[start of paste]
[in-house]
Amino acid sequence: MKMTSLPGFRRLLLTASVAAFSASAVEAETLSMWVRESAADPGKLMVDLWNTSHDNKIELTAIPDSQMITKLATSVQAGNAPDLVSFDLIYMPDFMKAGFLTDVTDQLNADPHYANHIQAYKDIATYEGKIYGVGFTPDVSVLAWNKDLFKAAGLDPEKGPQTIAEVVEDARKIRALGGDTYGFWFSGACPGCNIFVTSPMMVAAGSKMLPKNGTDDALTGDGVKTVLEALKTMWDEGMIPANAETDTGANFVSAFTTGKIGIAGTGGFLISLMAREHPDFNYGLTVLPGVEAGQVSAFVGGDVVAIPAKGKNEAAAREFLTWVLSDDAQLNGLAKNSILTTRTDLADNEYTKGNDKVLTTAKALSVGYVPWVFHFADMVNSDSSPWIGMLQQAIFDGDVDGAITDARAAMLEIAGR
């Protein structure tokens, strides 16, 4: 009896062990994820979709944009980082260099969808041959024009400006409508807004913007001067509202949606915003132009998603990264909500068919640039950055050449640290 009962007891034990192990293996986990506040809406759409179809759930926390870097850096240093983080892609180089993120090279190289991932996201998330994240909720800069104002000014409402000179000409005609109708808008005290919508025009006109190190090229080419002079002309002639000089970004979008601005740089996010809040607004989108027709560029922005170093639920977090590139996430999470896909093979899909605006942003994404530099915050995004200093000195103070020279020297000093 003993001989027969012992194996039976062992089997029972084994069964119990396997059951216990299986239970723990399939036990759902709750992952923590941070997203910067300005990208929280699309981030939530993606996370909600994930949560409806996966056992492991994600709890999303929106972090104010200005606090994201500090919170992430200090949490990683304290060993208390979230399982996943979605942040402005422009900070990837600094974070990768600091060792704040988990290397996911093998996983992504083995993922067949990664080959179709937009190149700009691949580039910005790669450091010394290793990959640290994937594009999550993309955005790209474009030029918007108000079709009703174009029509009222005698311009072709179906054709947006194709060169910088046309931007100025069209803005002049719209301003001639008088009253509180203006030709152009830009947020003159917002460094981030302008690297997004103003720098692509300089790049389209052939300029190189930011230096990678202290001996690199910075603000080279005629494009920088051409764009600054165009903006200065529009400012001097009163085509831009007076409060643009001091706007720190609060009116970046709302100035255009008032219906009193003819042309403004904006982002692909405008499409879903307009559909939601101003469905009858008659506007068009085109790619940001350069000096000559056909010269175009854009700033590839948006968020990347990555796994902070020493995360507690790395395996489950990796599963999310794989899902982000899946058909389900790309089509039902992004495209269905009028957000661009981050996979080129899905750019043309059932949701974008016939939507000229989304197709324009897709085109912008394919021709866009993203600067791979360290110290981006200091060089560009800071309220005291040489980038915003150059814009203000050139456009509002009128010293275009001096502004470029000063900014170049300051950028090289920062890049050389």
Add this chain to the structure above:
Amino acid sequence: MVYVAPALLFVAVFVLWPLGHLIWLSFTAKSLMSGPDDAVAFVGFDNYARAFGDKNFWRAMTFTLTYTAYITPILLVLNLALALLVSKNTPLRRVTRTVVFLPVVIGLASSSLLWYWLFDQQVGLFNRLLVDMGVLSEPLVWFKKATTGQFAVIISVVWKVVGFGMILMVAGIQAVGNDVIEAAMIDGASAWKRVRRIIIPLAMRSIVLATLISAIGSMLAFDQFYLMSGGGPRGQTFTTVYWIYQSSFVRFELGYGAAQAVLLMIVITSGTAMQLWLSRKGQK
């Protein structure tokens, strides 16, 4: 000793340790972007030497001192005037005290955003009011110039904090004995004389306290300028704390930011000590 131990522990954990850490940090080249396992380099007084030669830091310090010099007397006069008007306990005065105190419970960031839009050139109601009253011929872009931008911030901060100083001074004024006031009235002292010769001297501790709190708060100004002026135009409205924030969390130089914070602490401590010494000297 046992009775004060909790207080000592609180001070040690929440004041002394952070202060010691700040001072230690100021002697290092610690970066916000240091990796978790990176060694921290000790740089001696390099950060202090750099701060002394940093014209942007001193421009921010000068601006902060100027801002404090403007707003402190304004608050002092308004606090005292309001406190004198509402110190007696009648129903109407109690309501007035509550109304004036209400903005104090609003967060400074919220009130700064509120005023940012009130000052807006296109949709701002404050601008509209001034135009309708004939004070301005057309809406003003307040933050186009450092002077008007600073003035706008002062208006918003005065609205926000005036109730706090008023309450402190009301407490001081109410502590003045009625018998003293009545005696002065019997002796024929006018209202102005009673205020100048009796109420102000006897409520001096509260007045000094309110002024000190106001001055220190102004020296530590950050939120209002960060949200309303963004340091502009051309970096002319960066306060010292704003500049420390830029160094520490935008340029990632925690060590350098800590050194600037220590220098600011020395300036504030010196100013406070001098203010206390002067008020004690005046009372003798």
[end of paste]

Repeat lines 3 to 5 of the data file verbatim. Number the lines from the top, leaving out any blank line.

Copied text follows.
């Protein structure tokens, strides 16, 4: 009896062990994820979709944009980082260099969808041959024009400006409508807004913007001067509202949606915003132009998603990264909500068919640039950055050449640290 009962007891034990192990293996986990506040809406759409179809759930926390870097850096240093983080892609180089993120090279190289991932996201998330994240909720800069104002000014409402000179000409005609109708808008005290919508025009006109190190090229080419002079002309002639000089970004979008601005740089996010809040607004989108027709560029922005170093639920977090590139996430999470896909093979899909605006942003994404530099915050995004200093000195103070020279020297000093 003993001989027969012992194996039976062992089997029972084994069964119990396997059951216990299986239970723990399939036990759902709750992952923590941070997203910067300005990208929280699309981030939530993606996370909600994930949560409806996966056992492991994600709890999303929106972090104010200005606090994201500090919170992430200090949490990683304290060993208390979230399982996943979605942040402005422009900070990837600094974070990768600091060792704040988990290397996911093998996983992504083995993922067949990664080959179709937009190149700009691949580039910005790669450091010394290793990959640290994937594009999550993309955005790209474009030029918007108000079709009703174009029509009222005698311009072709179906054709947006194709060169910088046309931007100025069209803005002049719209301003001639008088009253509180203006030709152009830009947020003159917002460094981030302008690297997004103003720098692509300089790049389209052939300029190189930011230096990678202290001996690199910075603000080279005629494009920088051409764009600054165009903006200065529009400012001097009163085509831009007076409060643009001091706007720190609060009116970046709302100035255009008032219906009193003819042309403004904006982002692909405008499409879903307009559909939601101003469905009858008659506007068009085109790619940001350069000096000559056909010269175009854009700033590839948006968020990347990555796994902070020493995360507690790395395996489950990796599963999310794989899902982000899946058909389900790309089509039902992004495209269905009028957000661009981050996979080129899905750019043309059932949701974008016939939507000229989304197709324009897709085109912008394919021709866009993203600067791979360290110290981006200091060089560009800071309220005291040489980038915003150059814009203000050139456009509002009128010293275009001096502004470029000063900014170049300051950028090289920062890049050389």
Add this chain to the structure above:
Amino acid sequence: MVYVAPALLFVAVFVLWPLGHLIWLSFTAKSLMSGPDDAVAFVGFDNYARAFGDKNFWRAMTFTLTYTAYITPILLVLNLALALLVSKNTPLRRVTRTVVFLPVVIGLASSSLLWYWLFDQQVGLFNRLLVDMGVLSEPLVWFKKATTGQFAVIISVVWKVVGFGMILMVAGIQAVGNDVIEAAMIDGASAWKRVRRIIIPLAMRSIVLATLISAIGSMLAFDQFYLMSGGGPRGQTFTTVYWIYQSSFVRFELGYGAAQAVLLMIVITSGTAMQLWLSRKGQK